from DCYF Caregiver Connection, Jan ’22
“The job is rewarding because I can help guide families in the right direction by showing them support and encouraging them along the way,” says Kathy Eirls with Better Futures Together Family Services. “I feel like we have the ability to make a difference in the child’s life, as well as the parent, by being a support that they look forward to.”
Eirls has been a Family Time provider for almost seven years, serving families in Ferry, Grant, Pend Oreille, Spokane, Stevens, and Whitman Counties.
Every morning before she leaves her home, she makes sure she has the proper car seats installed in her car for her morning visit. She also verifies she has the correct forms. Some days, she is picking up children at daycare; other times, she is helping children get their coats on as she picks them up from a foster home. Once the children are safely buckled in, they head to the location of the visit.
“My number one priority is to keep the children safe,” says Eirls, who adds she jots down as many notes as possible during supervised visits. This is typical when a visit goes smoothly. Eirls often helps redirect the parent to ensure the child is safe and makes the most of the visit. Once the visit is over, the parents help bring the children to the car and buckle them in. Providers will then head back to the drop-off location, take the children in, sign the transportation log, and drive back to the office.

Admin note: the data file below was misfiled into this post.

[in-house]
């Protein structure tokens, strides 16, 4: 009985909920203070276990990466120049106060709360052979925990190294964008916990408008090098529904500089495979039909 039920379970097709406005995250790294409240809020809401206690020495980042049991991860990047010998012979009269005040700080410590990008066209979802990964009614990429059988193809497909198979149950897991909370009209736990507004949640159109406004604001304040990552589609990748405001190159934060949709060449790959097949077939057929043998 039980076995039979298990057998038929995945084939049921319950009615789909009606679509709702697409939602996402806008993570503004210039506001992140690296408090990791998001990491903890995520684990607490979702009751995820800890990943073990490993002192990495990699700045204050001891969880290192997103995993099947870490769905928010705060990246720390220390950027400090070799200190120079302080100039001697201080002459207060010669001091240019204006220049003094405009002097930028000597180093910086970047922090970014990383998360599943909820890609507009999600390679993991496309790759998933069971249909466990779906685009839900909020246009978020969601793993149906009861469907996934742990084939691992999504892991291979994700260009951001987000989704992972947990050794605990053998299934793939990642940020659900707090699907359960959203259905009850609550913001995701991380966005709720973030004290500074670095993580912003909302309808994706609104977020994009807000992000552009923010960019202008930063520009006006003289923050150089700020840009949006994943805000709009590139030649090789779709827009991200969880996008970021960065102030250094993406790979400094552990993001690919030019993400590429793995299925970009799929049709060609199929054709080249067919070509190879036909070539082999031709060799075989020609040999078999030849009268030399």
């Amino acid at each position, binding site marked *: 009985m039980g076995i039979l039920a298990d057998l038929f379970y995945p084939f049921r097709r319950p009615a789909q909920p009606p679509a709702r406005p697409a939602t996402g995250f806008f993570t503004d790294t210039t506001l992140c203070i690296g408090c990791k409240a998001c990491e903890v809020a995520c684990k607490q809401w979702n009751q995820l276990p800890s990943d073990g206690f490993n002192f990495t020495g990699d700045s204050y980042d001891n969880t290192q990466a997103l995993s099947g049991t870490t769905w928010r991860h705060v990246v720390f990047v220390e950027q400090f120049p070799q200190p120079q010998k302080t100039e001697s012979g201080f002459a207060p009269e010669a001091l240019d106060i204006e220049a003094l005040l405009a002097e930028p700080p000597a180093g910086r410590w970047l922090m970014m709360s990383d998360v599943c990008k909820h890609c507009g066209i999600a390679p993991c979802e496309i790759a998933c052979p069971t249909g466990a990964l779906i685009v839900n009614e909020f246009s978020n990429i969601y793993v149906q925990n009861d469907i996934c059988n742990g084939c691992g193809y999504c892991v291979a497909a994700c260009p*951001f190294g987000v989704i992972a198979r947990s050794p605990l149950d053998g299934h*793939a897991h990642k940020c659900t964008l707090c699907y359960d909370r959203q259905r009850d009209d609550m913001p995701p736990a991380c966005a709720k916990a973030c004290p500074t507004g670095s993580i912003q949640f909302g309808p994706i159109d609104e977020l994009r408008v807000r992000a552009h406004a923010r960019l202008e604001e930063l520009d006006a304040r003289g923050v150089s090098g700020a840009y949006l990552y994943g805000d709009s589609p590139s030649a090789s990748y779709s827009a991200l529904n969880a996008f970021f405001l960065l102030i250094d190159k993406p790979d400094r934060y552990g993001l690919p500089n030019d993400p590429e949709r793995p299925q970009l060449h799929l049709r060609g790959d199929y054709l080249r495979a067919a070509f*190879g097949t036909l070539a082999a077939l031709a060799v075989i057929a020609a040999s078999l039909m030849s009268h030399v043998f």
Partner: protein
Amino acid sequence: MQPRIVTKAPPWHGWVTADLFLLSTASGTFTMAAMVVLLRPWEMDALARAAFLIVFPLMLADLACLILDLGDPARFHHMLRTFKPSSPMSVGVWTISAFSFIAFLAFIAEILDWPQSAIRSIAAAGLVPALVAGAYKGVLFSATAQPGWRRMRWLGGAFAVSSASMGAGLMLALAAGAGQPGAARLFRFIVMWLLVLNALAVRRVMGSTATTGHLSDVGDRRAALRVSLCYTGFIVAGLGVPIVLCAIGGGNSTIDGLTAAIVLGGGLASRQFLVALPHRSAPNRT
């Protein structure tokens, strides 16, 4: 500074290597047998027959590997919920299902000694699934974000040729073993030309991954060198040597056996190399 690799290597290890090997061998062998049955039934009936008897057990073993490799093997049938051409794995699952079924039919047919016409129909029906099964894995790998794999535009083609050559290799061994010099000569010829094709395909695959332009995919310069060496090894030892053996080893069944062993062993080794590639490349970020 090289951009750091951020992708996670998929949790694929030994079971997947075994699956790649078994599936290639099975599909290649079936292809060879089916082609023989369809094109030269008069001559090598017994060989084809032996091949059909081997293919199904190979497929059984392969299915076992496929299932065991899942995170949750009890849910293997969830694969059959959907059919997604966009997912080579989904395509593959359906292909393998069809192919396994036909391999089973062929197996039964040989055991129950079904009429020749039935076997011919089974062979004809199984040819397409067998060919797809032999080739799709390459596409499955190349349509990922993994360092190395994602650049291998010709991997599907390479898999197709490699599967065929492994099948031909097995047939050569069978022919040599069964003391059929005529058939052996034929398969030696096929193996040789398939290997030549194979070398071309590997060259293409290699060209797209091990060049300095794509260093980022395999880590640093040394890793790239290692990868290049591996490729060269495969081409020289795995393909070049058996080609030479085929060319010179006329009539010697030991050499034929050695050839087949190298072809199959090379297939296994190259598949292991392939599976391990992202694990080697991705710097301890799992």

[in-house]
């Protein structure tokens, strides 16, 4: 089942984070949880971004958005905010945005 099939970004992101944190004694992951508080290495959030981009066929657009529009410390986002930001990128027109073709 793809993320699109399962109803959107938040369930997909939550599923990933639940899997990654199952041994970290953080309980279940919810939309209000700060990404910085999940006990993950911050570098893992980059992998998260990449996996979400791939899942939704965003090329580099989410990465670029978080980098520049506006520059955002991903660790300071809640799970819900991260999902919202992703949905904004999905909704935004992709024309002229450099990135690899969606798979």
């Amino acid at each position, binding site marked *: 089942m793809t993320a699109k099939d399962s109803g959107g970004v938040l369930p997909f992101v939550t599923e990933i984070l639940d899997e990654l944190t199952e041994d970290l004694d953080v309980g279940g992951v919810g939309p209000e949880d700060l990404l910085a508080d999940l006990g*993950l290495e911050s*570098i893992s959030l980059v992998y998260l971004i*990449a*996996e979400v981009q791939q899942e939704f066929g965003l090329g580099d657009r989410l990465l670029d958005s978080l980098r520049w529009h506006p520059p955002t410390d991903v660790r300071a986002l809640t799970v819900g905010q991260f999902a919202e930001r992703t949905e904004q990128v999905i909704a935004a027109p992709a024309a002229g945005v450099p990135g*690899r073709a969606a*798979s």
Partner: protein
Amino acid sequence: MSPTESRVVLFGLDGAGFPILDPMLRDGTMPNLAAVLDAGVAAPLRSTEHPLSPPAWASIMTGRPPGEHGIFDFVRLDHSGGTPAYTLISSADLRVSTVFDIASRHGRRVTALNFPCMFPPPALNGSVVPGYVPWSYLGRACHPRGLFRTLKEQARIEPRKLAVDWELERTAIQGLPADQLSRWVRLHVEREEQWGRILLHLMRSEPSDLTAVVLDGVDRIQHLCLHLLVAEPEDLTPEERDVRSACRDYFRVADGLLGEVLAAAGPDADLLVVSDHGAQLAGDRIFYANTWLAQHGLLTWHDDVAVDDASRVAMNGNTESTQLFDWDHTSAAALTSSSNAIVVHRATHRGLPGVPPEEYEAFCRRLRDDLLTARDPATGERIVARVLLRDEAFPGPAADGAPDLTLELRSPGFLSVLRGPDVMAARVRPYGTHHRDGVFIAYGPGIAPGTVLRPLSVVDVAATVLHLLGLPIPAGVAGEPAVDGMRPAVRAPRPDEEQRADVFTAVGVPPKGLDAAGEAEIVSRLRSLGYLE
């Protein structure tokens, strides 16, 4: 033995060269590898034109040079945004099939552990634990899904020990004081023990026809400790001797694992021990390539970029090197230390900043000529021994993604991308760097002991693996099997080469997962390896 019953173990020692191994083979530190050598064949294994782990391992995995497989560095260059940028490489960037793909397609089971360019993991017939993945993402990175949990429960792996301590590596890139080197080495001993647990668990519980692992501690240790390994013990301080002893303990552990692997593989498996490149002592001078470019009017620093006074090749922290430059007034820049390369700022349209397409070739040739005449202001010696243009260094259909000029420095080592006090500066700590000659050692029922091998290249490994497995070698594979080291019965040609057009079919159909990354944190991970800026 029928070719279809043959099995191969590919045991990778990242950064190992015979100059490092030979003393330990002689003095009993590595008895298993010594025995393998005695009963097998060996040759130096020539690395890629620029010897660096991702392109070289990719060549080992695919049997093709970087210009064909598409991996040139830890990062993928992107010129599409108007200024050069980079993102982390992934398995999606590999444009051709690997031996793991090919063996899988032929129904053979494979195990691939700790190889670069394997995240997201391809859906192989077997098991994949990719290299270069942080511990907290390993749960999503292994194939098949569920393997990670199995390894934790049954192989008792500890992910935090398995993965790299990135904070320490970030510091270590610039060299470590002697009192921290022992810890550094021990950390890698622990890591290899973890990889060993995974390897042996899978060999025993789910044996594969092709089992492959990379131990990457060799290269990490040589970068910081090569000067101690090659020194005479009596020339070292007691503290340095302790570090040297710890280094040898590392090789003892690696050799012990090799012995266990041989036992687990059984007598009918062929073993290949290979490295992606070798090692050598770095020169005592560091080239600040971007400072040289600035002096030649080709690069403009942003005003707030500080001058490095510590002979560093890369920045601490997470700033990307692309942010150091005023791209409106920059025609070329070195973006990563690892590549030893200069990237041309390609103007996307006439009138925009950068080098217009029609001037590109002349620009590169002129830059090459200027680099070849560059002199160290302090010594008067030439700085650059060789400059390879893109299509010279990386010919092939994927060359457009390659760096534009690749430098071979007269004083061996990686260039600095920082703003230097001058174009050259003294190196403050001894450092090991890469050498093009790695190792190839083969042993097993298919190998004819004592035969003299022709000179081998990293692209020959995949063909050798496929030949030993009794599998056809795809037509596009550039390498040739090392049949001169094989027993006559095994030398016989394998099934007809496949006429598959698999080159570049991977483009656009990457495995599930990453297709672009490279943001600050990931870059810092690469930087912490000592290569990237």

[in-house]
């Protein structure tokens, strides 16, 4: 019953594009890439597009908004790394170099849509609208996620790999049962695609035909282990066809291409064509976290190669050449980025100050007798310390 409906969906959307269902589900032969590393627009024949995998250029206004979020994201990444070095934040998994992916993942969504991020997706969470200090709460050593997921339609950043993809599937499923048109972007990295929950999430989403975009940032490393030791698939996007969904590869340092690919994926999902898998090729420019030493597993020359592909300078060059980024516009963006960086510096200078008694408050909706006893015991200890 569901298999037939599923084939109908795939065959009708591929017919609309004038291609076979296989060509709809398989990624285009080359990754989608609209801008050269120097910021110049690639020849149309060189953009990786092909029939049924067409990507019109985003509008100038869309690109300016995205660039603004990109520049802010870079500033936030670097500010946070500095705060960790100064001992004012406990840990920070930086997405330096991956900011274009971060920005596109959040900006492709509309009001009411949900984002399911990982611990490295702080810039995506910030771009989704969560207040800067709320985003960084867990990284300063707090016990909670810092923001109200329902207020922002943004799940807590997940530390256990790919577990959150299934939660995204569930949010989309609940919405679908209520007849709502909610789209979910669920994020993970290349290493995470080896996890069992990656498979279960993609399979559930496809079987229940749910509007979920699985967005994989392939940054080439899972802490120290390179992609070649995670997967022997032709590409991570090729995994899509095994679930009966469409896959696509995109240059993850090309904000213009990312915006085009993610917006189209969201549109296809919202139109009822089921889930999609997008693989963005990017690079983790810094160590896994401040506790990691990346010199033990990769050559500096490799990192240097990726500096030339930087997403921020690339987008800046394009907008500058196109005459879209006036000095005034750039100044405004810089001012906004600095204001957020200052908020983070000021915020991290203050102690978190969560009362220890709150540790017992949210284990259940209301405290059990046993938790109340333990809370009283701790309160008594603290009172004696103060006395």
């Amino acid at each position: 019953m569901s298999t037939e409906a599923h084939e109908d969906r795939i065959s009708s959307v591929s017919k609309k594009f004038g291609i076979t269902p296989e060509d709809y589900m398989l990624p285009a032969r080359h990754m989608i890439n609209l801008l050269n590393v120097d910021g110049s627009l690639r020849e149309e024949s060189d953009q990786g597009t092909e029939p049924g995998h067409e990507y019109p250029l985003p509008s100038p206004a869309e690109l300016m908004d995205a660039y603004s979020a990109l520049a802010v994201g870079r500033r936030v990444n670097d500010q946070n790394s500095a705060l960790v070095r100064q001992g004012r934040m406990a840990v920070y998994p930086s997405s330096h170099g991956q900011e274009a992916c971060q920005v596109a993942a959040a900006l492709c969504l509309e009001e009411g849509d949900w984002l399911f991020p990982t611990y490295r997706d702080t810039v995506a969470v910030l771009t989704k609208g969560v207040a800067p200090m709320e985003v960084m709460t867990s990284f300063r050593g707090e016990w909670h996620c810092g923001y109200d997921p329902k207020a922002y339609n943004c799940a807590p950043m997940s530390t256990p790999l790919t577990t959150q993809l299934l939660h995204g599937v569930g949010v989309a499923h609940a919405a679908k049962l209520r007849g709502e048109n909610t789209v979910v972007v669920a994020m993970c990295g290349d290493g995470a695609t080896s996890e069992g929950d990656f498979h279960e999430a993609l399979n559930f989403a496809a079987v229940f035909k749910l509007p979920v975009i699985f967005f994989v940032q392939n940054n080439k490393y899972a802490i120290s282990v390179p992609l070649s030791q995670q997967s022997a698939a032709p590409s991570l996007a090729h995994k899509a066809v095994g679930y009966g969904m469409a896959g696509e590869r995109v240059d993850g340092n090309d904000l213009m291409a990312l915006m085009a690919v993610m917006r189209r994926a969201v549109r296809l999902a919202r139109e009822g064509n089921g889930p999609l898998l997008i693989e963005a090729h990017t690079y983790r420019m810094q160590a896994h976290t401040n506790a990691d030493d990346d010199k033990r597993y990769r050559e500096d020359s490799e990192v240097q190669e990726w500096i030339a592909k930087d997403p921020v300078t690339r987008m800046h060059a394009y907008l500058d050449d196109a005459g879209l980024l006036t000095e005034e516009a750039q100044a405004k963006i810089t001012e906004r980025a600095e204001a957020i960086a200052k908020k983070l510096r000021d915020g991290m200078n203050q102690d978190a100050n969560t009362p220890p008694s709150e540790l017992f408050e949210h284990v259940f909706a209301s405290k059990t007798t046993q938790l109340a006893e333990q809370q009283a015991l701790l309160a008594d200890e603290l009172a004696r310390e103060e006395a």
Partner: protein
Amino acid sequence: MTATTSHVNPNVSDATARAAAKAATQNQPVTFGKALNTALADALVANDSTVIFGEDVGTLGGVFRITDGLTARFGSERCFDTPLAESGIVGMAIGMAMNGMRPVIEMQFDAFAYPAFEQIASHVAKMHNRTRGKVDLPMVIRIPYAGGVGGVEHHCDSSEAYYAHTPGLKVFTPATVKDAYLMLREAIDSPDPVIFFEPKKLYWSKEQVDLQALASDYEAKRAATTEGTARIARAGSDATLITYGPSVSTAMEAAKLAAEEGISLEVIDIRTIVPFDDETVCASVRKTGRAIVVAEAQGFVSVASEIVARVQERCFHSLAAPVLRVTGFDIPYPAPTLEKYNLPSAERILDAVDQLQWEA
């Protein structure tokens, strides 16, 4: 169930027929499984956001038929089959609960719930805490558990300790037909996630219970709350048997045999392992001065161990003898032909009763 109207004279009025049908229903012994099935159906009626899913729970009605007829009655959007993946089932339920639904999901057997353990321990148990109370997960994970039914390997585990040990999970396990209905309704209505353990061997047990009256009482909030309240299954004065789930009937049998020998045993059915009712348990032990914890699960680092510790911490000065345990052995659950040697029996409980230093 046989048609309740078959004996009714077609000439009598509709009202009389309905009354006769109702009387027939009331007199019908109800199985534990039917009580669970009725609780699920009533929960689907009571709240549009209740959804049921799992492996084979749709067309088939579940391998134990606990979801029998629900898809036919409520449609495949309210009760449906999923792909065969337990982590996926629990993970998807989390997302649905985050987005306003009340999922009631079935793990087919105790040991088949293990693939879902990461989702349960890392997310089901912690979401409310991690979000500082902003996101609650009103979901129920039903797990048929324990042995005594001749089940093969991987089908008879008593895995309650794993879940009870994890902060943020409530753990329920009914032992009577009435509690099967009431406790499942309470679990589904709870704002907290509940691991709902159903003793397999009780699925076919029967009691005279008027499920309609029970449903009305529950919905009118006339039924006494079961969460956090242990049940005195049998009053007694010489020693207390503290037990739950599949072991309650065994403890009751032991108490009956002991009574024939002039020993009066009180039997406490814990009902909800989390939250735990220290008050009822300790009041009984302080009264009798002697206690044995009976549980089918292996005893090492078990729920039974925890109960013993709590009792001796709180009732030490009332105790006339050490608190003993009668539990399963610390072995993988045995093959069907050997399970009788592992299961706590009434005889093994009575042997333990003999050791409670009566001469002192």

“There have been several families that I have worked with where I’ve noticed a difference family time has made,” said Reina Rodriguez, a Family Time provider with Pathways to Connections. “A parent who is consistent can build on their relationship and strengthen their bond through the difficult moment.” For the last three years, Rodriguez has been providing Family Time services and helping reconnect families in Chelan and Douglas County. “It has been very rewarding to see families be reunited after working with them for so long. It’s great to work alongside parents who are actively working to better themselves for their children as well as meeting the foster families who provide care for these children,” she said.
Eirls says she understands parents go through a lot to reunite with their children but sometimes just seeing their child and knowing that providers are not there to judge them, and are there to support them, is all parents need to see the light at the end of the tunnel. “I had a visit one time, where the mom had lost five children before having her sixth. She started coming to visits and was determined to get her child back,” recalls Eirls. “I encouraged her to keep coming and working hard to do what was requested by DCYF. She ended up getting pregnant with twins. In the end, she was reunited with her child and was able to keep the twins in her care. It’s very rewarding to see families reunited.”
According to Rodriguez, transporting families to and from visits can range from two miles to 30 miles; however, some supervisors do drive out further when children are placed outside of the counties they serve. Eirls says she typically drives 150 to 200 miles a day for visits. Once she returns to the office, she cleans out her car, washes and sanitizes everything, puts in the car seats for her next visit, prepares the visit room, and submits reports and timesheets. She will call families at the end of the night to remind them of their upcoming visit. “Family time is vital in the reunification of families because it allows the children to keep and strengthen their parent-child relationship,” says Rodriguez. “It fills my heart to be part of the reunification process.”